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Mental Health

Imposter Syndrome: The New Illness That Is Spreading Through Generation Z


Imposter Syndrome is a psychological pattern in which an individual doubts their skills, talents or accomplishments and has a persistent internalized fear of being exposed as a “fraud.” This syndrome leads those who possess it to believe that they are not deserving or adequate enough compared to what they have achieved. 

This syndrome leads to an increased amount of self-doubt and low self-esteem. Common symptoms of this syndrome include the fear of being discovered as a fraud, believing compliments only because they think the complimenter is nice and not because they actually earned the praise, feeling unworthy of success, feeling anxious or depressed and feeling underprepared. 

The causes of this syndrome include, family dynamics, cultural expectations, individual personality traits (such as perfectionism) and comparisons (comparing yourself or being compared to others). Imposter Syndrome also affects people of color more often, as much of it can be caused by a lack of representation in the workforce and in society as a whole. 

There are five types of Imposter Syndrome as identified by Dr. Valerie Youn in her article The Five Types of Imposters:

  • The Perfectionist: This type focuses on how something is worked on and will feel like a failure with even the smallest mistake. 

  • The Expert: This type focuses on the amount of knowledge learned and will feel like a failure if they lack any knowledge in any area. 

  • The Soloist: This type feels as though they must complete work entirely on their own and cannot take help from others.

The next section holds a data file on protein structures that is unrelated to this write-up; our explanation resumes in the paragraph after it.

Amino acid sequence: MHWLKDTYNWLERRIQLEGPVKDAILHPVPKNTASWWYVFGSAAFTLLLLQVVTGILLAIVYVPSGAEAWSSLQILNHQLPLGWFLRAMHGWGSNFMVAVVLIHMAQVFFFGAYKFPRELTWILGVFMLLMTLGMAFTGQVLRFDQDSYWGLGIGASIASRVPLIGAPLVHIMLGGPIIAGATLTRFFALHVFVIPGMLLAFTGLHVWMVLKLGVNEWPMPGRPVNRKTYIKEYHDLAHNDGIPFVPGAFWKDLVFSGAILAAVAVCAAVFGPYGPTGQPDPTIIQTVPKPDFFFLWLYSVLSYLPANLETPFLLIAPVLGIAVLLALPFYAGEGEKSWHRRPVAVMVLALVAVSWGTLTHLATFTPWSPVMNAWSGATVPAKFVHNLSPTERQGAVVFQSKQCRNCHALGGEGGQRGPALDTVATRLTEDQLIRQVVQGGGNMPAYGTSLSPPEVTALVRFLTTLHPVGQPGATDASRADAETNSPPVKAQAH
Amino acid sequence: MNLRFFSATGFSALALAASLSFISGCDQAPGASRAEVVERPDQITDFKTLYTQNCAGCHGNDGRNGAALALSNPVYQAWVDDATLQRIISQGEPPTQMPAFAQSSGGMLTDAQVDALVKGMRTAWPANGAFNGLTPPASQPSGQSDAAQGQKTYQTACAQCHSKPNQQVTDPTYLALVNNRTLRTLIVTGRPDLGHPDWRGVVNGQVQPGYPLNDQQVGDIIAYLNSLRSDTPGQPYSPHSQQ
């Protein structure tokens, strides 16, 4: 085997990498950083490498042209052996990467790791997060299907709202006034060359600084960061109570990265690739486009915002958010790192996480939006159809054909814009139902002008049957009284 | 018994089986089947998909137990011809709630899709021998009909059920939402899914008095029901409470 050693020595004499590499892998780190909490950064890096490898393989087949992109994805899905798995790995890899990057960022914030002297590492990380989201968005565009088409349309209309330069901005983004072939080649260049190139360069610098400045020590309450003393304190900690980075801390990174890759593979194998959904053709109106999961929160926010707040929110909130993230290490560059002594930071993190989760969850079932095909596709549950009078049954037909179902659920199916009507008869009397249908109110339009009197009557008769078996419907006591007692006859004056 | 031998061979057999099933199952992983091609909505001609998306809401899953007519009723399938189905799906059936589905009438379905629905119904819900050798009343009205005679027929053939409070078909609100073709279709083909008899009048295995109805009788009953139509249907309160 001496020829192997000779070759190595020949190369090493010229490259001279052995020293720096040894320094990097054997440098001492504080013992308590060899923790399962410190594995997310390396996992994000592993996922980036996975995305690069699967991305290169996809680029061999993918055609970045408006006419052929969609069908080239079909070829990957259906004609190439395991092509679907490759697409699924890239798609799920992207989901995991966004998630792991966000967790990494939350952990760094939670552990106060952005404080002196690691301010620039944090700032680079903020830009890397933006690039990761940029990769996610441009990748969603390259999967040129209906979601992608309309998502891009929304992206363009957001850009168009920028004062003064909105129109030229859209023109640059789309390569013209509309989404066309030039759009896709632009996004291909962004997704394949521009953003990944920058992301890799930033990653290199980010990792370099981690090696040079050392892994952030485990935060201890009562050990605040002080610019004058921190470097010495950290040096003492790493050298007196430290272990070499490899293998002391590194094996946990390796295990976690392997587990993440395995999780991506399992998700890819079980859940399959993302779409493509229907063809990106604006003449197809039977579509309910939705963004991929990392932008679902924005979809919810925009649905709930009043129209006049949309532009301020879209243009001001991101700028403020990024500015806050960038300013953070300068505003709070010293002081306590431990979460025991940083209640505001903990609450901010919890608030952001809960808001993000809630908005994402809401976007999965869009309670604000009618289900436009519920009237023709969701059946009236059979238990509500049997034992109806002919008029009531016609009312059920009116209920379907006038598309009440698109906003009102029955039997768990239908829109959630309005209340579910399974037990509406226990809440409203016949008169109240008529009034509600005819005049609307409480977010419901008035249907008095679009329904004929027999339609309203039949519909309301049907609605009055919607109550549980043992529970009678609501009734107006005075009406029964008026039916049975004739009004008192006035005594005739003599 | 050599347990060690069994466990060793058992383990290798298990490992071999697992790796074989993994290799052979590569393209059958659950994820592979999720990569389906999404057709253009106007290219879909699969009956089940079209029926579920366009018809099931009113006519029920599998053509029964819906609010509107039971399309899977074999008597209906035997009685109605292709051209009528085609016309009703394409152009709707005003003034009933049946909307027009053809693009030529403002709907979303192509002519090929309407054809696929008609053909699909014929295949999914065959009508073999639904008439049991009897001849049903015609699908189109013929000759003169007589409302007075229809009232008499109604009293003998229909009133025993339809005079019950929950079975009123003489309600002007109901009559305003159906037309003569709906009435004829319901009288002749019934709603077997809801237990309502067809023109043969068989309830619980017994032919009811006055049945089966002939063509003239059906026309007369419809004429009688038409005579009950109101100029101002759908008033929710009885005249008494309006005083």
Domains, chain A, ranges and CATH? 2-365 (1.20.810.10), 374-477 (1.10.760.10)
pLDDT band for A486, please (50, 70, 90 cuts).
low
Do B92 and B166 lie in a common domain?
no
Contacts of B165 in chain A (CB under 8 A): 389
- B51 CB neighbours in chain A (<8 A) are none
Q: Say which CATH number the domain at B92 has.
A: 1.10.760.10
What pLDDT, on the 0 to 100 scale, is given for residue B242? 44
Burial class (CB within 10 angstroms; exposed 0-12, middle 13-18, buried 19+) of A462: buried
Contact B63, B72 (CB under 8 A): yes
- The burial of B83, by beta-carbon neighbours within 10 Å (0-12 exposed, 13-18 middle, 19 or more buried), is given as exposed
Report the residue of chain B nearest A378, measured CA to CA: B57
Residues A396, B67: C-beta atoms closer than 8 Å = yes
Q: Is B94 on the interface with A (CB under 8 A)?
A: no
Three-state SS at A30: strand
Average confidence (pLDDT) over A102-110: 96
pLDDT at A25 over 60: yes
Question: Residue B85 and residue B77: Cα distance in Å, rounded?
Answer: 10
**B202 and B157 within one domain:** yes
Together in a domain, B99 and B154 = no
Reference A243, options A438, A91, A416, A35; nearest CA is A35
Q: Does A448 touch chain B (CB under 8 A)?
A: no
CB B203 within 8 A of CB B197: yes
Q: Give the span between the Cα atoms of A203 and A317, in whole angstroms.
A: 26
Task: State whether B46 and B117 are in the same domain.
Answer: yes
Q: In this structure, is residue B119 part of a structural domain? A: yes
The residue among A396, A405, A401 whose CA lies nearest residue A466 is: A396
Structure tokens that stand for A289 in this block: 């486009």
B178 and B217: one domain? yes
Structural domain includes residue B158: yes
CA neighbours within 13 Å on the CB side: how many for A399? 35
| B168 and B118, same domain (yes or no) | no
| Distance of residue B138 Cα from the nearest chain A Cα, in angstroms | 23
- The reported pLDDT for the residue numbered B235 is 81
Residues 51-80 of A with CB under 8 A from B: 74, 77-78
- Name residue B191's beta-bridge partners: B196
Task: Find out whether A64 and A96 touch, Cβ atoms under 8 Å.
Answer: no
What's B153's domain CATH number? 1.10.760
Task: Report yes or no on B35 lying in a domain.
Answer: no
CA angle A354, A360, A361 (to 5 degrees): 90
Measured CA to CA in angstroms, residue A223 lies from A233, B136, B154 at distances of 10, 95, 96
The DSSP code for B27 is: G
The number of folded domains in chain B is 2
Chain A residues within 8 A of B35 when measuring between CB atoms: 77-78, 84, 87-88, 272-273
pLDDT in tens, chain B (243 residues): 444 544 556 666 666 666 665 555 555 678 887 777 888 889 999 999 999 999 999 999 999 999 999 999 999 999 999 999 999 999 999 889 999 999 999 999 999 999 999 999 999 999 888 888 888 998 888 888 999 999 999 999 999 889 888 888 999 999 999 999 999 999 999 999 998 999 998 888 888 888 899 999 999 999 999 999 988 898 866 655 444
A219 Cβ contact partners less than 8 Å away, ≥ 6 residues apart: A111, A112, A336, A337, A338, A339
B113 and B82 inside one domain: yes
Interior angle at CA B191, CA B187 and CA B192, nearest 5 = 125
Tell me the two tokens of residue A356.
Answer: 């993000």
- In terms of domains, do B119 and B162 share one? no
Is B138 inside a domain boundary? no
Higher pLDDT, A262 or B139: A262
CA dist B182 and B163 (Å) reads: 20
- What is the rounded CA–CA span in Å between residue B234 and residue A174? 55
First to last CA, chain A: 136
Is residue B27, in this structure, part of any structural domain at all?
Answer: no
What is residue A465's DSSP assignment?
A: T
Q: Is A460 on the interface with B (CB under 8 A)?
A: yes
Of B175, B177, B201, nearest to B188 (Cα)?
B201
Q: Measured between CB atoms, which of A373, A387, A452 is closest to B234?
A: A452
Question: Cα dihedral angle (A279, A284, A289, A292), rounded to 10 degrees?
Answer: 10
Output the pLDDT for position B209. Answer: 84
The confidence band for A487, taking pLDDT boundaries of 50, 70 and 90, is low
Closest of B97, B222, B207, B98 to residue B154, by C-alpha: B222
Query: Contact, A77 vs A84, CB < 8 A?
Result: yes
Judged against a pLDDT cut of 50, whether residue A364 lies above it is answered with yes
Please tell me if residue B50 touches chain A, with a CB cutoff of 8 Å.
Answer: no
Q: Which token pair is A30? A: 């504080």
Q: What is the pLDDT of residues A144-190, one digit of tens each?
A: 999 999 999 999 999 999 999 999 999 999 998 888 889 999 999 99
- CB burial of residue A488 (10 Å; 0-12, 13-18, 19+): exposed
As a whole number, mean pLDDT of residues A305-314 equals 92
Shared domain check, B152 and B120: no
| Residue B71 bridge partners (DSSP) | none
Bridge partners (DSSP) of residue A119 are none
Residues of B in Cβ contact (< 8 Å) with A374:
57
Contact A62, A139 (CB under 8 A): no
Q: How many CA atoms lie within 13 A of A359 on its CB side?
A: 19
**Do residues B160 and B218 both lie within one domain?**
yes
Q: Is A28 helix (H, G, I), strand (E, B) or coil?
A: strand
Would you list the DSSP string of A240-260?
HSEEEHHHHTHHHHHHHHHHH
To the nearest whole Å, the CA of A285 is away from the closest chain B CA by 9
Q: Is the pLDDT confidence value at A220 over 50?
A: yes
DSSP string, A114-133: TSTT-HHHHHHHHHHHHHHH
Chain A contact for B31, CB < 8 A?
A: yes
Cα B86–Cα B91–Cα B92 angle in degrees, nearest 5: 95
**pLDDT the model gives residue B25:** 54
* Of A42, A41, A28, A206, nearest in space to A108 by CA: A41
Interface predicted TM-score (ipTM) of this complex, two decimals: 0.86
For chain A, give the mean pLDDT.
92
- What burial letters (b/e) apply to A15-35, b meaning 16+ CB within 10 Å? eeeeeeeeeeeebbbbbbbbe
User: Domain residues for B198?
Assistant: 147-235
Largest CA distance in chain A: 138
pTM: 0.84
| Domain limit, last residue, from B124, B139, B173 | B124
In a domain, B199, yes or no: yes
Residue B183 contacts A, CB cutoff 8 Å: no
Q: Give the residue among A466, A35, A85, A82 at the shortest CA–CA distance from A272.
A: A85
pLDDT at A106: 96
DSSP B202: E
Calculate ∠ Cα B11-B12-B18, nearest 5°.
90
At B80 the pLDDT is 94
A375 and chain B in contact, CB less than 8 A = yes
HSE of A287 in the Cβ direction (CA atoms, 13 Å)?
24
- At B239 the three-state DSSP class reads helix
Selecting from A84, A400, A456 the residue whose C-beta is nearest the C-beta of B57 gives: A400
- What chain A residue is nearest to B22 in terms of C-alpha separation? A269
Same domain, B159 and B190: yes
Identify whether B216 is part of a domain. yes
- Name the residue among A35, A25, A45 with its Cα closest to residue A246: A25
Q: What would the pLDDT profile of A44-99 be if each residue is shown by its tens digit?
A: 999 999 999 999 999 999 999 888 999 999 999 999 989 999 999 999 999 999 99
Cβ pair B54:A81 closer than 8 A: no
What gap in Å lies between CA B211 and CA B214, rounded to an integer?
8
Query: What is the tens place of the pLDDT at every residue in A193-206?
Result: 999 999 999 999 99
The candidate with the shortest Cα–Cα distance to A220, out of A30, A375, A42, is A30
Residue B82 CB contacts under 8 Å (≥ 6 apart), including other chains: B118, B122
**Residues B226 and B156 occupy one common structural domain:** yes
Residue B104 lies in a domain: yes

• The Natural Genius: The type measures their worth in how long they can complete tasks. They are ashamed to take extra time or redo work. 

  • The Superwoman/Superman: This type focuses on how many tasks they can complete at once and will feel like a failure if someone has more roles than them. 


How can you overcome Imposter Syndrome? 

  1. First, start a conversation. Explain to your friends or therapist how you are feeling and discuss your experience. 

  2. Second, collect your positive experiences. When someone compliments you, allow yourself to truly take it to heart. Many people only focus on the negative side of things, remember the positive things too. 

  3. Finally, realize you are not alone. Having open conversations allows those around you to relate to your experiences and share their experiences as well. Common experiences can help us realize that we are not alone in our insecurities. 


Skylar Baker

Murray State '24

Skylar Baker is a Biomedical Sciences Major at Murray State University. Her on campus activities include being a part of the Murray State Honors College, and participating in the Pre-Health Professionals Club, the Environmental Student Society, and of course Her Campus at Murray State! She is originally from Paris, TN and enjoys playing tennis and hiking when she is back home.
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